Drew (Richard) Marcantonio
Peace Studies & Anthropology
An estimated nine million people die annually of human-produced toxic pollution. Many more millions are estimated to die of the effects of environmental change caused by human-produced non-toxic pollution, such as droughts made more frequent and severe under the stress of climate change. This is why I research environmental violence and work to raise awareness of it.
Environmental violence is human-produced pollution that harms humans—from its incipient production to its consequential outflows into the global ecosystem and into everyday life. My research traces the origins of pollution, linking it to the violences and injustices that foster its
persistence, and tracks the ways in which pollution harms people and reinforces social inequalities. By accumulating scientific evidences of toxic and non-toxic pollution, and applying multidisciplinary methods and theories to understand their social and environmental contexts as well as their impacts on everyday life, I seek to map the trajectory of the human niche, and to provide a holistic understanding of the ways in which the trajectory of that niche is shifting in the Anthropocene. My dissertation develops this novel concept of environmental violence and its analytical applications to the critical issues of justice and equality.
I am interested in all forms of human and non-human produced environmental change that result in new adaptations or the evolution of the human niche. This includes works from a wide range of methods and disciplines, from quantitative to qualitative and highly localized case studies to global trends, as well as the full integration of environmental and social sciences.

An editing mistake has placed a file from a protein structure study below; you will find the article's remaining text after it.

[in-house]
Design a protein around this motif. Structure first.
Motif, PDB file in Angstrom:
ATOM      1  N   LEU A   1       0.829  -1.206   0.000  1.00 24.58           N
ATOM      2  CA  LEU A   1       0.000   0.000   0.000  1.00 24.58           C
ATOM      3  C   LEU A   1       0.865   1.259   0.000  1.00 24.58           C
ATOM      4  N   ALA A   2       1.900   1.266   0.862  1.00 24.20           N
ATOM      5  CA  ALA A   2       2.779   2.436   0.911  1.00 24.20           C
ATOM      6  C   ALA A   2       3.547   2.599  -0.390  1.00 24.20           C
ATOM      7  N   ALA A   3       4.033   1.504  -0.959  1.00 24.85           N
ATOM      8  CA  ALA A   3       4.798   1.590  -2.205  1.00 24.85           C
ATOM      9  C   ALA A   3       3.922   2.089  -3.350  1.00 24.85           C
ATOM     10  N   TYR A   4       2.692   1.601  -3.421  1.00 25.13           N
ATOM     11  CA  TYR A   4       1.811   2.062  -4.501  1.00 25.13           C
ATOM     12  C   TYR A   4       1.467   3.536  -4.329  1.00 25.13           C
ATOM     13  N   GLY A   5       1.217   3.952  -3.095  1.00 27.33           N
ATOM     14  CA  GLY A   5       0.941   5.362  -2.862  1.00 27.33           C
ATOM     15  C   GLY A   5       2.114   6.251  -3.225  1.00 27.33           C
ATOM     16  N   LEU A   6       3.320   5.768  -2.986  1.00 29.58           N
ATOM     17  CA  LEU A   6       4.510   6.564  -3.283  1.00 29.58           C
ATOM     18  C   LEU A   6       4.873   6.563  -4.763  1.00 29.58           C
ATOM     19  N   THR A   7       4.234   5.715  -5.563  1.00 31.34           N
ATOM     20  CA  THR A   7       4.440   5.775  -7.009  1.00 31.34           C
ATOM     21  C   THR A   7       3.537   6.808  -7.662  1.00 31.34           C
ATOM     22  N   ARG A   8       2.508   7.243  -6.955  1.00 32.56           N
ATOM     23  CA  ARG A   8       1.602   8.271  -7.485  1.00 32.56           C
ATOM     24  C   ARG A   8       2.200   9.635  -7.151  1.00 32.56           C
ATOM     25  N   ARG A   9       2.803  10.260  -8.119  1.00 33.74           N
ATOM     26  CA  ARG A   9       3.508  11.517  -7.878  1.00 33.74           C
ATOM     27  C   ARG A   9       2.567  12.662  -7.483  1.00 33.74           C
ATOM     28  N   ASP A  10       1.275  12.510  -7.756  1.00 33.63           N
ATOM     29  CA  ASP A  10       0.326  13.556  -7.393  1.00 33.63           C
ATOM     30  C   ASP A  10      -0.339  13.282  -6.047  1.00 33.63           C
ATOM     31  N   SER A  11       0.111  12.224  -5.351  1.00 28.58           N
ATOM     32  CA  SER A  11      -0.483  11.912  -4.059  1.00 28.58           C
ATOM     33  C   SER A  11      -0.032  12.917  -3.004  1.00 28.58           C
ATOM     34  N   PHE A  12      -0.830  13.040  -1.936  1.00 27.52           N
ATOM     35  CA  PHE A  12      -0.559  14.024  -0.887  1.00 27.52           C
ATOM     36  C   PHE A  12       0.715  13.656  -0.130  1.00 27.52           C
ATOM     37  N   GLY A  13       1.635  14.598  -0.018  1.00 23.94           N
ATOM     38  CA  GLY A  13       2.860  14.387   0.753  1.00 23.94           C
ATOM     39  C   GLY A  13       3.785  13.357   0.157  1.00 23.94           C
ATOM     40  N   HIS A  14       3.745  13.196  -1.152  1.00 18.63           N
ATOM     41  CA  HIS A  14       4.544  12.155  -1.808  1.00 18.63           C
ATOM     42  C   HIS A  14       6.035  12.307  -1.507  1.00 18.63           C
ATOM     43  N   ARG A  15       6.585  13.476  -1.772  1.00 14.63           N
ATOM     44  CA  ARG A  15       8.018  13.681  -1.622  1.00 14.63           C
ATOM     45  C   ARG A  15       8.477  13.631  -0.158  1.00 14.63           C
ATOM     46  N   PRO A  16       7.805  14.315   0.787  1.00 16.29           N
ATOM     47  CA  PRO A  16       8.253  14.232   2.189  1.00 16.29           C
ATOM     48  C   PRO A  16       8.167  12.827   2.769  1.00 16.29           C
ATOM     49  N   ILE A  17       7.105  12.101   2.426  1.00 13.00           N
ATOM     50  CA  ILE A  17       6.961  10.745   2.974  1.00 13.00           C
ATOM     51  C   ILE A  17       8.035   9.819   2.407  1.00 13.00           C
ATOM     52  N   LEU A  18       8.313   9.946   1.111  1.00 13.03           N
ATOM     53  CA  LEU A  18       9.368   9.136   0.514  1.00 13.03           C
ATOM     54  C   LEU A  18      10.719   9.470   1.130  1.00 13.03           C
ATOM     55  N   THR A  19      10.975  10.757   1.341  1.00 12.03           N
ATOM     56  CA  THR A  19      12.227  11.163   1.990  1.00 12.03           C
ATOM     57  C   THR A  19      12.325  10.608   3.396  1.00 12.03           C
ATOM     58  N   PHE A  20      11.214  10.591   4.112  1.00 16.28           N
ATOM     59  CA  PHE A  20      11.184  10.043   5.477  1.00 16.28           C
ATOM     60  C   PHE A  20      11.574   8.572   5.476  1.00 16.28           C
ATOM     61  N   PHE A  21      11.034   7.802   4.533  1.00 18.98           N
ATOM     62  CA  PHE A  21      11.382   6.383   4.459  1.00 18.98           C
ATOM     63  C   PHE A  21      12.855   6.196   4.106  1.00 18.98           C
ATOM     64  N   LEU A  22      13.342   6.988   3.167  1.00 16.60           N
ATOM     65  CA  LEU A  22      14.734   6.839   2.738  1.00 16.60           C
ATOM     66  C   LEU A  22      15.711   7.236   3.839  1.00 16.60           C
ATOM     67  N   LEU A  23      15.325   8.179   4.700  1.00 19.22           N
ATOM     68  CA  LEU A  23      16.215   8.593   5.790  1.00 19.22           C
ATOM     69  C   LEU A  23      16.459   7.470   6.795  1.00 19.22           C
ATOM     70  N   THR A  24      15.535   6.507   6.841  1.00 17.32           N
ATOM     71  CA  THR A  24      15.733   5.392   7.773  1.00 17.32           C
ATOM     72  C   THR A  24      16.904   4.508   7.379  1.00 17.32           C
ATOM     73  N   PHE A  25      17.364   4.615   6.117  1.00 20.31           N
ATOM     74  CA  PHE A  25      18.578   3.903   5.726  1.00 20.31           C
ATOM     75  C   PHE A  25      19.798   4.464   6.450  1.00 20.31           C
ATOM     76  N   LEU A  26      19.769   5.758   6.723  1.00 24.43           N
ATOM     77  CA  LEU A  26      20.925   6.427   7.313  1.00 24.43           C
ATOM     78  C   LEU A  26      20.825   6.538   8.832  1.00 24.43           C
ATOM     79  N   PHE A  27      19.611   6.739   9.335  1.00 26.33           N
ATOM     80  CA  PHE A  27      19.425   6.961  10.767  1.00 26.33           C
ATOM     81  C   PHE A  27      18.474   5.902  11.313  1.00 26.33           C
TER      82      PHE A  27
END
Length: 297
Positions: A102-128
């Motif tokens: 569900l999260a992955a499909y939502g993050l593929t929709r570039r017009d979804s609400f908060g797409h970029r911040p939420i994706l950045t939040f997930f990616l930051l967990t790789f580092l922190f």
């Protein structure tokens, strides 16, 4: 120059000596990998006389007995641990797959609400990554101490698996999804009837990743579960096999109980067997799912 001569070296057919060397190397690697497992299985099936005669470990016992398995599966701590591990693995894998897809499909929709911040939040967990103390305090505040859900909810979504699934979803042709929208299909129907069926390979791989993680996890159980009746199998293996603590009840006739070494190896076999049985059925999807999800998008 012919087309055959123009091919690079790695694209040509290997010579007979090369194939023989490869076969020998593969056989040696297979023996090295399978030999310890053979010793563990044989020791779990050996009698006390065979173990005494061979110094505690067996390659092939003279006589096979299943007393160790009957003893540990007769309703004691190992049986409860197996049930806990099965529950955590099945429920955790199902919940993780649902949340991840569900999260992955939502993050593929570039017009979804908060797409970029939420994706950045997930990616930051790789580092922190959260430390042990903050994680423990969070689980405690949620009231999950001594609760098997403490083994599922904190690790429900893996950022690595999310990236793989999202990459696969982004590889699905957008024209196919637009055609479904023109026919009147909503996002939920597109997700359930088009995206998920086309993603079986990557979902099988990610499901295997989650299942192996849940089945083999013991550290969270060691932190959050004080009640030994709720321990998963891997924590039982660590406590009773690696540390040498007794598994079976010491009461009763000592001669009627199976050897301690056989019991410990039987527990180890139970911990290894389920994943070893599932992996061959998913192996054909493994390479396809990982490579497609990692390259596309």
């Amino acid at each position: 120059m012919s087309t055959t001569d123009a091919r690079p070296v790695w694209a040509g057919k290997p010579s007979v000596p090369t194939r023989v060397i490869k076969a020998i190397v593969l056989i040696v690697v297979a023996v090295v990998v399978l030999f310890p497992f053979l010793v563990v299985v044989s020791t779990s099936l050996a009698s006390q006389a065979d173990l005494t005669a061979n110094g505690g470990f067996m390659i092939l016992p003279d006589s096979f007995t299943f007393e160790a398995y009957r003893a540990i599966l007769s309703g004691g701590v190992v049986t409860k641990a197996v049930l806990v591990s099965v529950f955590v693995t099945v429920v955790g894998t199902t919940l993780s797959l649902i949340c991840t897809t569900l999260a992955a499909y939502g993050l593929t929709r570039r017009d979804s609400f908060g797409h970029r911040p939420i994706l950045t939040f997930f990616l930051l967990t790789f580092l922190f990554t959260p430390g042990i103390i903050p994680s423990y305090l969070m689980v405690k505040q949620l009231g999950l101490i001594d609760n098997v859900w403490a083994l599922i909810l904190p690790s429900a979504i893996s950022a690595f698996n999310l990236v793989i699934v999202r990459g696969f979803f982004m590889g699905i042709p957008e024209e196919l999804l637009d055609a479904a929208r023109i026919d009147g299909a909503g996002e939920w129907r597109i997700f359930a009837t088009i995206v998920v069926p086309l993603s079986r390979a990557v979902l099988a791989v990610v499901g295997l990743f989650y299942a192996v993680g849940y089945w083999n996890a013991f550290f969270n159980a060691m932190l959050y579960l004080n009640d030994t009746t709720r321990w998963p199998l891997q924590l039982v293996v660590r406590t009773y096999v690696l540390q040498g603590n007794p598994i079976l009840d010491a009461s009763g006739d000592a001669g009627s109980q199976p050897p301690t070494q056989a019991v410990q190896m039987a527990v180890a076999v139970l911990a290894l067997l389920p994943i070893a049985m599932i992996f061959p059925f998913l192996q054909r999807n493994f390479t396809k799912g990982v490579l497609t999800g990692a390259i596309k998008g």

Master of Arts in Anthropology, University of Notre Dame (2018)
Master of Public Affairs, Indiana University’s School of Public and Environmental Affairs (SPEA) (2016)
B.A. in Geography and the Environment, University of Texas at Austin (2009)
Honors and Awards
- Dolores Zohrab Liebmann Fellow (2019-2021)
- Richard and Peggy Notebaert Premier Fellow (2016-2021)
- Outstanding Graduate Student Teaching Award (2018)
- Mullen Family Fellow (2017)
- Pat Tillman Foundation Fellow (2015-2016)
- Scott Chilcote Fellow (2015)
- Navy and Marine Corps Commendation Medal (2013)
- Navy and Marine Corps Achievement Medal 2 nd Award (2012)
- Navy and Marine Corps Achievement Medal with combat ‘V’ for valor (2011)
- Marcantonio Richard A., Fuentes, A. "A Clear Past and A Murky Future: Life in the Anthropocene on the Pampana River, Sierra Leone." Land, 1 March 2020.
- Marcantonio Richard A., Field S., Regan P.M. (2019) "Toxic trajectories under future climate conditions." PLoS ONE ,14(12): e0226958.
- Marcantonio, Richard A. "Water, anxiety, and the human niche: a study in Southern Province, Zambia," Climate and Development. 21 May 2019.
- Marcantonio, Richard A. and Bolten, C. 2019. "Farmers Facing Climate Change in Southern Zambia." Journal of Transdisciplinary Peace Praxis. Vol. 1 (1) p. 61-84.
Director of Doctoral Studies
Assistant Director for Doctoral Studies